To some extent I think this might be how a lot of mother daughter relatiosnhips work, especially when there are grandchildren.
I try my best to stand back a little if it is happening, and just a short break can set it back on track.
I don't know what to suggest about babysitting, if it's not that often I don't see it as being dependent on her, grandparents babysit for married couples too.
But anyway, I think this happens up and down the country and years ago you would all have lived in the same house/street anyway and families all helped each other like this. smile

hariboegg Fri 26-Nov-10 17:01:40

Message withdrawn at poster's request.

northernrock Fri 26-Nov-10 17:21:02

I guess that's true about the babysitting evolucy.
Maybe it's because I have always been an LP that sometimes I forget that grandparents are involved quite a lot sometimes.
I get the fear that I am not being independant enough.
But, yeah, my friend just told me that she and her brother spent every Friday night at their Nan's when they were kids, and her parents were married.

Oh it is definitely that she wants to help. It's just always on her terms-when I first moved here she kept offering to go to Tesco for me and do my shopping.
What I really really wanted was for her to take the baby I had been with for a year 24/7 and let me go shopping on my own!(bliss!)
I think I am being unreasonable in a lot of ways. I will try and be more mature (hard though it is.)

Haribo, I am sorry your relationship with your mum sounds really tough.
I think when you get into the arena of bullying texts the best thing you can do is ignore ignore ignore. And drink copius amounts of red wine.

How do single parents who don't drink wine manage btw??

happybubblebrain Fri 26-Nov-10 22:53:35

Hi, I sometimes drink wine, maybe once a month, I manage with hobbies, chocolate and TV. My family are very difficult so I think I'm lucky not to live near them. I haven't had a night out or any help for a very very long time, but I prefer that to the alternative. I'm far too independent to be undermined or controlled by anyone.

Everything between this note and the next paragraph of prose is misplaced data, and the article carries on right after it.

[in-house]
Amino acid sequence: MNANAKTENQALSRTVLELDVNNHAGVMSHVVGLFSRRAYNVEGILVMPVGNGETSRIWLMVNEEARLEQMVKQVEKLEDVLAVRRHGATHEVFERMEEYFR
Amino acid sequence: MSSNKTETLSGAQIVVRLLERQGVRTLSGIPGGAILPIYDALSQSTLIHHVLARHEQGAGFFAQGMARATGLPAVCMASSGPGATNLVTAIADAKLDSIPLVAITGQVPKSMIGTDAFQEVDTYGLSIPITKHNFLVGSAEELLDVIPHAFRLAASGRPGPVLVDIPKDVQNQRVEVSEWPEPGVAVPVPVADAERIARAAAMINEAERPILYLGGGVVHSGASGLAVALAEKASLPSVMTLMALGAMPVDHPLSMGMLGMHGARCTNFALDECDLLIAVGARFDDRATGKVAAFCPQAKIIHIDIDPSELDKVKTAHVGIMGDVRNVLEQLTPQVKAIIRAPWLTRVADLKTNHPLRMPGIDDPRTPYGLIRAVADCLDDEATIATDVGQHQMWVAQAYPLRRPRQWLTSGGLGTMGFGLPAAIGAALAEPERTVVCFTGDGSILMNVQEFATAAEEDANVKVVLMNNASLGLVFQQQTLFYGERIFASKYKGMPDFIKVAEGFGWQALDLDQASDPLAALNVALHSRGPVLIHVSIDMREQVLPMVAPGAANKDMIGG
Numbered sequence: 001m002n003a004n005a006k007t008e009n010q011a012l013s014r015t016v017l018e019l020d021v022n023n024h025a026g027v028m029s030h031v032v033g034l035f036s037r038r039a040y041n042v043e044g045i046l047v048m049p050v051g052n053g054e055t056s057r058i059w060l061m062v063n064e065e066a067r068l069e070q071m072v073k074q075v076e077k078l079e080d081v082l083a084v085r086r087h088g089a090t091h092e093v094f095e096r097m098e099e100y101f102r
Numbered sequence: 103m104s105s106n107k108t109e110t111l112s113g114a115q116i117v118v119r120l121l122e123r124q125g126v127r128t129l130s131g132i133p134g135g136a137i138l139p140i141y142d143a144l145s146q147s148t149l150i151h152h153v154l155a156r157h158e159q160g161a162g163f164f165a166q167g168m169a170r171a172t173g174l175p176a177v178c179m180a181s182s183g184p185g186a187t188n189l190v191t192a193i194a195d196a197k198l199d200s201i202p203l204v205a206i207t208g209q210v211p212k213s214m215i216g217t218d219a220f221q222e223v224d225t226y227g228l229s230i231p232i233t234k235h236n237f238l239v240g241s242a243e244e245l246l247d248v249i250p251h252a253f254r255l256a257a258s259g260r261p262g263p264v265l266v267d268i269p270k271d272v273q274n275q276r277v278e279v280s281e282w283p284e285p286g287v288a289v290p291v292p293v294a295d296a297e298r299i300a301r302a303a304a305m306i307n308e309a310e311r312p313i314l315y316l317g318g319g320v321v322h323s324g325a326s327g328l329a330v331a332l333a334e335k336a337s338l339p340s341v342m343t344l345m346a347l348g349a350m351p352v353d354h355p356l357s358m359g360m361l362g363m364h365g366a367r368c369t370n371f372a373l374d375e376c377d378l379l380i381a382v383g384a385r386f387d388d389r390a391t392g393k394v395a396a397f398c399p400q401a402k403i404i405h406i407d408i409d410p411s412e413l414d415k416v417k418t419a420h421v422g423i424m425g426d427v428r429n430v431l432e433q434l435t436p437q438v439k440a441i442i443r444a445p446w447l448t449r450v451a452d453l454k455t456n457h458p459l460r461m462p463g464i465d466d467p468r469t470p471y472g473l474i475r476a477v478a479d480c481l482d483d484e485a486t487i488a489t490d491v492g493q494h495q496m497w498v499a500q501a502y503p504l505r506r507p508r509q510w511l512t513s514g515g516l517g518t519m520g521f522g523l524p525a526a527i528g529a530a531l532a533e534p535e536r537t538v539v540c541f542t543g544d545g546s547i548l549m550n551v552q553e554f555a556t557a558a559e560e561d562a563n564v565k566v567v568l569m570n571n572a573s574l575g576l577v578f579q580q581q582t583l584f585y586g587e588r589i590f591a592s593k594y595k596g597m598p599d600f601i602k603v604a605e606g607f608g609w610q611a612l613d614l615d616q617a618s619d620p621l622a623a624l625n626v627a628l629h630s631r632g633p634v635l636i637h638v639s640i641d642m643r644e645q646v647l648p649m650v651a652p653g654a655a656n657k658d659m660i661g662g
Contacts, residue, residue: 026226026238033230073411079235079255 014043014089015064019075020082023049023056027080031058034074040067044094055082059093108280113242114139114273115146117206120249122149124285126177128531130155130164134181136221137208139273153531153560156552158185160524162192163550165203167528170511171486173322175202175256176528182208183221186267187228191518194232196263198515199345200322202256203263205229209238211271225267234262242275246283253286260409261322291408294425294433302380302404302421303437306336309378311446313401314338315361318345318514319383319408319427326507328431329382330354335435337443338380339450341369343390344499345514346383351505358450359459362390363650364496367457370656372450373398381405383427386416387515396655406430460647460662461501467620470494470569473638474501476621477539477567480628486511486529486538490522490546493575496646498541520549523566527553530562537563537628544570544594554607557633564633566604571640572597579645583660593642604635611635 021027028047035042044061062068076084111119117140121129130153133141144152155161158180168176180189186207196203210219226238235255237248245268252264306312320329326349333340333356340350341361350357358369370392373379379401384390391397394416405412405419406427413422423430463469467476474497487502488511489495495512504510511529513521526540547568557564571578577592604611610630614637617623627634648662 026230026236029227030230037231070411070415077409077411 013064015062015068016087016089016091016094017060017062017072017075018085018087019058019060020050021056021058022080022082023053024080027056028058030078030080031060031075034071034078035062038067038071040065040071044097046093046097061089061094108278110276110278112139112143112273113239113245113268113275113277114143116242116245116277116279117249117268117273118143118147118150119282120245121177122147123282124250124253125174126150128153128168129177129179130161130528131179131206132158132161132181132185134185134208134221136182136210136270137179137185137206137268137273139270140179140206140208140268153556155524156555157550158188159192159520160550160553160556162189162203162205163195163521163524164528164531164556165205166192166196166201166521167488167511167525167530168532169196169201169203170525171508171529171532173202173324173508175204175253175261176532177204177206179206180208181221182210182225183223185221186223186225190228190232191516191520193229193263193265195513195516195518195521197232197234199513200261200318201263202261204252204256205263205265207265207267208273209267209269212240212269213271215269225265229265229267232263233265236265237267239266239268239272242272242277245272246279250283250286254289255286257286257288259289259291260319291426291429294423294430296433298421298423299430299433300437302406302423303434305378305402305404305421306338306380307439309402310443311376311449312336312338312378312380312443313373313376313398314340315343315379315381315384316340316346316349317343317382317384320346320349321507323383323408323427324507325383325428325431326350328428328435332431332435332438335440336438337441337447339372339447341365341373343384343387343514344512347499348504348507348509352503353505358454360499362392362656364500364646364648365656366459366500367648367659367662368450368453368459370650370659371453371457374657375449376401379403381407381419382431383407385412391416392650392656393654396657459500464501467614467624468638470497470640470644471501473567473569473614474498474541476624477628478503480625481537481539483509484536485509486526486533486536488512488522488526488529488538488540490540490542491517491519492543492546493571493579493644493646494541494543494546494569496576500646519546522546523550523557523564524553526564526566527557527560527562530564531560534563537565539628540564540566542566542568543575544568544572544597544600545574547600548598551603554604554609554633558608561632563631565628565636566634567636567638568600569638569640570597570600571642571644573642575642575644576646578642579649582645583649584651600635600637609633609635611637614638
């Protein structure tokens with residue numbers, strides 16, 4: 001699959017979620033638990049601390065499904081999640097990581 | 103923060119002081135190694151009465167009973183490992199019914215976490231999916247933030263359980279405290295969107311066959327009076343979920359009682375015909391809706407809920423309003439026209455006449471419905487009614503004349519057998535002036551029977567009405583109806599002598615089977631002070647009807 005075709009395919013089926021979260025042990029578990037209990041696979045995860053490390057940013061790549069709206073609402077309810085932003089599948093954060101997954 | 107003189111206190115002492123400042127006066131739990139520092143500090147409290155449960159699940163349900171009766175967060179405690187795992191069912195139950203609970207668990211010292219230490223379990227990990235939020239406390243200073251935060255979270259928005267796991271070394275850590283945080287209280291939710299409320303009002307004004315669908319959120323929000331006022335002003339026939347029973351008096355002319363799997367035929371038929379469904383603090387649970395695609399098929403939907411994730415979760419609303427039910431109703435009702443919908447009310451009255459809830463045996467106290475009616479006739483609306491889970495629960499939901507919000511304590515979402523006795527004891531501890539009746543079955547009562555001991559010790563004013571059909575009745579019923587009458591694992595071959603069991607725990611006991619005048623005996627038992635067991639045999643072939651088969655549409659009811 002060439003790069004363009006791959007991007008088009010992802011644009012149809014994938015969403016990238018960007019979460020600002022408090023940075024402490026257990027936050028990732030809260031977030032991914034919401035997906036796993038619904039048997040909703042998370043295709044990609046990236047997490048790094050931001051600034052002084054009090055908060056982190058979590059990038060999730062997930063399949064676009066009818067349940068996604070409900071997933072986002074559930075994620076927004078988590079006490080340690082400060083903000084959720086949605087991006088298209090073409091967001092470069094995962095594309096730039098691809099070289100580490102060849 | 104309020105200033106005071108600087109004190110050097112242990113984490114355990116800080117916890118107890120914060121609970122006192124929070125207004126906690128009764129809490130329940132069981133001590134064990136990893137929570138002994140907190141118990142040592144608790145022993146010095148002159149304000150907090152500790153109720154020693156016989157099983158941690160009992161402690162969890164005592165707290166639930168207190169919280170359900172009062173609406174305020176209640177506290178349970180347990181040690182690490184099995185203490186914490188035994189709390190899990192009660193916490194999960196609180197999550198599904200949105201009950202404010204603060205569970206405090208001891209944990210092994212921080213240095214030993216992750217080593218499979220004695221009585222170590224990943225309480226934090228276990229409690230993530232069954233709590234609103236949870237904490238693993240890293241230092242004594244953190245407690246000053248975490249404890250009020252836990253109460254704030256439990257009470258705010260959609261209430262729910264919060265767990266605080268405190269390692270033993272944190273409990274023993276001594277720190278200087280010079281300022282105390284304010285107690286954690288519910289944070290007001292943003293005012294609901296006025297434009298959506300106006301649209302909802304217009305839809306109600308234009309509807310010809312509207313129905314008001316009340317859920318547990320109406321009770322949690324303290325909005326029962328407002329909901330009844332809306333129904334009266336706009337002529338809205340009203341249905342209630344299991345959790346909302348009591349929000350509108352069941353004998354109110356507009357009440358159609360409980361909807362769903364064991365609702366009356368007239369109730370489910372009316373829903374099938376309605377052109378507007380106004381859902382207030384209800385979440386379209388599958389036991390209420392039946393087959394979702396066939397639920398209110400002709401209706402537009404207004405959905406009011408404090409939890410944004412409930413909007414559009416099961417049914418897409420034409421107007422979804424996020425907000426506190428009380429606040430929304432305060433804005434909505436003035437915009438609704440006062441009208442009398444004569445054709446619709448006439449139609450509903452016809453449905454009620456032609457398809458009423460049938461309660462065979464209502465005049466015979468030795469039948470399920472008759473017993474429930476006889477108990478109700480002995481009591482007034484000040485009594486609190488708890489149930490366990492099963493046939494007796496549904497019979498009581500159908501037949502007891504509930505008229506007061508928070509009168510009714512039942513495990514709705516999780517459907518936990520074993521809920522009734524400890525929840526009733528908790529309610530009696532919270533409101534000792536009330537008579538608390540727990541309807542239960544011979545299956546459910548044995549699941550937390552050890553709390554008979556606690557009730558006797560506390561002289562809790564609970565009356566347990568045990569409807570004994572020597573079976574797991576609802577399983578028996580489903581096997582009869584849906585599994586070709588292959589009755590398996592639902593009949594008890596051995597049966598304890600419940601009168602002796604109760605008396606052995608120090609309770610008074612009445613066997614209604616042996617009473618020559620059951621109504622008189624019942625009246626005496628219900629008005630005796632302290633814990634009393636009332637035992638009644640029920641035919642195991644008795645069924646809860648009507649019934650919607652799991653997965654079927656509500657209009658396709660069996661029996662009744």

Northernrock I think you should write your mum a really nice constructive letter, explain how you feel and hope it does the trick.

gillybean2 Sat 27-Nov-10 09:17:38

I don't drink, red wine or otherwise. I do chocolate instead! grin

northernrock Sat 27-Nov-10 14:58:35

Ok, now I feel like an alkie grin
Chocolate is good too.

I don't know happy bubble. I think I will just try and be as casual and polite as possible, because at the end of the day I know my mother is never going to see my side of it, and I will drive myself crazy.

My sister(who lives in another town) suggested getting into a babysitting circle, which sort of annoyed me as it's not that easy to do as a LP is it?
I mean its easy when they are babies-you just take them with you to babysit, but who would babysit my four year old while I babysat for someone else! (My sister didn't really get this..)

I do have one good friend who has a son my sons age. Sometimes I have her ds for a couple of hours while she does something with her baby, which is fine with me although he is , shall we say, quite a handful.

She would be willing to babysit for me on an evening in exchange for a daytime one from me, I am sure, but she has a lot on her plate at the moment as she is still BF'ing etc.
Also she goes to bed at ten, so I don't think I could really roll in late!

Telling myself that I wont always live here, I will have more money soon, and maybe even a proper boyfriend, so I am sure things will change for the better.

Happybubble-is there anyone at all in your life you could get to babysit, or exchange childcare with?

northernrock Sat 27-Nov-10 14:59:01

where's my smiley!!??

happybubblebrain Sat 27-Nov-10 22:57:27

Of course things will change for the better. grin That's my first smiley ever.

I'm optimistic. I think my dd's childhood will pass in a flash and I'll have freedom back again soon, so I don't really mind about never going out. I love going out doing fun things with my daughter more than I ever enjoyed sitting in a pub with friends. It's far more diverse and interesting.

I don't have anyone who could babysit, but I've learnt there is no point in wanting something you can't have, it only makes you more miserable. Wanting and appreciating the things you do have makes life great.

It probably is better to just leave it with your mum then, and just ignore the comments; don't dwell on them or take them personally. smile